Chemical Leavening Discoveries Part 1

welcome to exploring the 18th century
with James Townsend inside today we’re starting a series of in-depth episodes are related to leavening and
specifically chemical leavening today I’m joined by Kevin Carter he’s
the guy who’s usually behind the camera he does a lot of the research and
writing here at James Townsend and son and he also construct the catalog welcome Kevin, thank you, today we’re
going to be talking about about leavening yes you know I think a
great place to start today would be to kind of step back and review the different types of leavening that were used in the 18th
century we talked a little bit about this in a
previous video that we produced couple years ago and I think it might be just a really good jumping-off point
into into our research first of all there’s Barm which is yeast that you would get, liquid yeast you
would get from the brewer. When you look in the 18th century English
cookbooks when they use the word “Yeast” or barm those terms generally
interchangeable and and barm is that foam that develops on the top of a
batch beer its brewing the krausen and they would sell it in liquid form
pints, and that’s one of the hint you getting
the recipes when they say a pint of yeast today would say “a pint of yeast”
what are they talking about they actually mean by barm liquid least
it wasn’t very concentrated the barm is usually the the foam or the krausen that’s off the top of the beer but there’s another kind other yeast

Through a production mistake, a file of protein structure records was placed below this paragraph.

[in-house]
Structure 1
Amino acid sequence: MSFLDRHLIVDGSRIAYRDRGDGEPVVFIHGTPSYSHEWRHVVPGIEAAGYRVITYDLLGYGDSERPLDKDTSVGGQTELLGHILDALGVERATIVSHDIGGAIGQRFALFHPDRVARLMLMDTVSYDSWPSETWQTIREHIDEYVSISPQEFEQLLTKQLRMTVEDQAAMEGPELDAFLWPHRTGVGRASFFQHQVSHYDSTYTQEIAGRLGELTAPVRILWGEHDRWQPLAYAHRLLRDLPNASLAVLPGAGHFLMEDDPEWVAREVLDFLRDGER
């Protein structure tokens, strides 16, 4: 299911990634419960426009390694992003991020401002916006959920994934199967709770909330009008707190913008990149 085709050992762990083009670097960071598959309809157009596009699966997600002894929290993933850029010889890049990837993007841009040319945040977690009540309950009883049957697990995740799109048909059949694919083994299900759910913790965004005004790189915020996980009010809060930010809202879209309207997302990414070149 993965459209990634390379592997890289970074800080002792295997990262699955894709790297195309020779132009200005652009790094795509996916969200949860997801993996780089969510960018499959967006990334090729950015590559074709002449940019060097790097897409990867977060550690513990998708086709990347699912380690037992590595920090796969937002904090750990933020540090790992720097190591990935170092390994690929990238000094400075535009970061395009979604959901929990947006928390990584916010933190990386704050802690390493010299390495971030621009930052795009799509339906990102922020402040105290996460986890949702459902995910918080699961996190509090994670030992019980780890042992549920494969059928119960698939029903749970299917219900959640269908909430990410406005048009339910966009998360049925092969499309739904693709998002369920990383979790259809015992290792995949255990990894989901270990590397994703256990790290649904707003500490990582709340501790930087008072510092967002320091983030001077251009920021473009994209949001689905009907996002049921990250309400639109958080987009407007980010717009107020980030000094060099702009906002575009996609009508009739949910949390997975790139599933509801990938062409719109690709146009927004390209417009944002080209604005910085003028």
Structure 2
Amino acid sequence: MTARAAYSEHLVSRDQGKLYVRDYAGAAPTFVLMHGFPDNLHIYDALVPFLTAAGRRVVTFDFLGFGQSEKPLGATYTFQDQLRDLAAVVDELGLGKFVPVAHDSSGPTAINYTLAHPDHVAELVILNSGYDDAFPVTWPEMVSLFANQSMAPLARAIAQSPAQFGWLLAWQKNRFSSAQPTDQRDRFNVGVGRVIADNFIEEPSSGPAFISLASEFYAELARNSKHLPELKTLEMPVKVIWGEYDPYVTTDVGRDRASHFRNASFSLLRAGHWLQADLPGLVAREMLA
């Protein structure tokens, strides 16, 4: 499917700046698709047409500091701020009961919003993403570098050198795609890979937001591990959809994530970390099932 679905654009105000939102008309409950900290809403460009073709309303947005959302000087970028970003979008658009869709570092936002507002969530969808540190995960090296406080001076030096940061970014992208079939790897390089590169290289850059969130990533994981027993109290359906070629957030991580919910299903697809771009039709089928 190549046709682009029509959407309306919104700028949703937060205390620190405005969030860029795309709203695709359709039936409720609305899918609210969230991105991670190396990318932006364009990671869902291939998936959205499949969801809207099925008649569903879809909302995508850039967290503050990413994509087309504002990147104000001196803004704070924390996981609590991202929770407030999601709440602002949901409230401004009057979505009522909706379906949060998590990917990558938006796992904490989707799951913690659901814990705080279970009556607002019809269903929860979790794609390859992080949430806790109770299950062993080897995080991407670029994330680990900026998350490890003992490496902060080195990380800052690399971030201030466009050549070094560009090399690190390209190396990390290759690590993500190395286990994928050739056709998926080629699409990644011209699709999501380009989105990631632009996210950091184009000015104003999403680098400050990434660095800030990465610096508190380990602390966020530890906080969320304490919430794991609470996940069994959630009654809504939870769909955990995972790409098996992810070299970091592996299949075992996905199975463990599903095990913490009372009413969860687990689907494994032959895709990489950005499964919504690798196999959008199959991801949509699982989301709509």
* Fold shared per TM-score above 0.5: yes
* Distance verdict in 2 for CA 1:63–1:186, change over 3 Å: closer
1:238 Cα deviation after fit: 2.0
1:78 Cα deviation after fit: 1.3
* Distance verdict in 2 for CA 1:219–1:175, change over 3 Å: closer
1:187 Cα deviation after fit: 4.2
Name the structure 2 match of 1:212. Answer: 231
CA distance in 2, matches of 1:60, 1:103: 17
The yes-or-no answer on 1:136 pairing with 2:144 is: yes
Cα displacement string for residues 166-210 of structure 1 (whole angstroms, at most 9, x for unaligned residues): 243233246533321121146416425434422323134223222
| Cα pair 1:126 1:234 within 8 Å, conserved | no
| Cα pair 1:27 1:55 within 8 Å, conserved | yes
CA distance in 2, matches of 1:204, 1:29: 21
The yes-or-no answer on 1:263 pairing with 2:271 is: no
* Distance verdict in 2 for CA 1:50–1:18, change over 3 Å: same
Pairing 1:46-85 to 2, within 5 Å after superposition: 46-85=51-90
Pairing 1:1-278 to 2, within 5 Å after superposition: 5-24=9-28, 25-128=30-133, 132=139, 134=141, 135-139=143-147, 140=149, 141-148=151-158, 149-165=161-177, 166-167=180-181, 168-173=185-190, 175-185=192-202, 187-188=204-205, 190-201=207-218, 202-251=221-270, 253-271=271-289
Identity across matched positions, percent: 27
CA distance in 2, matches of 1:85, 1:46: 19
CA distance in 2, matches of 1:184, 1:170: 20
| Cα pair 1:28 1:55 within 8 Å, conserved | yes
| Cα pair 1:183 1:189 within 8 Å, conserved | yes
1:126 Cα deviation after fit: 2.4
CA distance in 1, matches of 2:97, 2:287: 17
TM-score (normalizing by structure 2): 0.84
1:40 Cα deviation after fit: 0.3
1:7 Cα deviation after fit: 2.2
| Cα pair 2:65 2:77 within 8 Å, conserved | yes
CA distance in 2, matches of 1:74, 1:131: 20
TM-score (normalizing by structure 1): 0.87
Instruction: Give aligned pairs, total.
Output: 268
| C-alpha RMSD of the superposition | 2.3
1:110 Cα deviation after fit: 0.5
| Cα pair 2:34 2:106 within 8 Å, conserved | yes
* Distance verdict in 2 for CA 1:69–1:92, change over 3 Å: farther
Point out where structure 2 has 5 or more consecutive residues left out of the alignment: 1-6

right right the French would use the spent yeast of the
bottom the beer the lees and there is a 1830 reference the talks about how they would
actually take that spent yeast put in bags, let the
beer drain out then wash it and then dry in into cakes and
that’s a nineteenth-century resource I would probably say that that was growing in popularity in the
nineteenth century eighteenth-century there was more use of “old dough” techniques yes yes the leaven, right what they would call
leaven or old dough right, where they would take accually
a chunk of the dough from the previous batch, so off
made start off with some kind ever a yeast from the brewer right the very
first batch and then every subsequent batch they
would just use some old dough from last yesterday’s batch or two days ago or what ever, the last time they baked. Especially the commercial baker and he wouldn’t do take a lump in
the dough from the batch of bread, probably a big lump, and then they would put it they would store it
either in flour or in salt and it would keep for quite a
while. Now in warmer temperatures that leaven would often times go sour and then they would need to
refresh with either barm or you start over. You don’t see any references to English
eighteenth-century wild yeast culture development people
didn’t say oh you don’t have any use just leave
this out and it will develop its own that isn’t to say that they didn’t do
that in other cultures German sourdough bread say you know any
kind in Northern European Rye breads were sourdough, even in
america there is a brand called yankee sour bread likely from other cultural mix is that they’d people in North America had that the British, It’s like they are in their own little culture and they’re going to do what they think is
right and they weren’t they were not excited about
sour breads They didn’t want sour breads. So anyway
again in Review we have barm we have leaven we also have mechanical
leavening which usually involved eggs or specifically egg whites where they
would sit and whip those things up and and until they were infused with air and then they would gently fold that
into a cake batter to keep to preserve the air in the batter us so we
had mechanical leavening as well Then there’s this issue this matter
of chemical leavening a matter in great debate has to when that started and we’re gonna be looking closer into that.
Dig into that here’s one here’s one little idea I am going to throw this at you. I haven’t talked about this before
when we did the fritters we added the ale and it was a modern ail of course, it’s
carbonated and it actually fluffed up the batter well you know it’s interesting you say
that there are eighteenth-century references to some using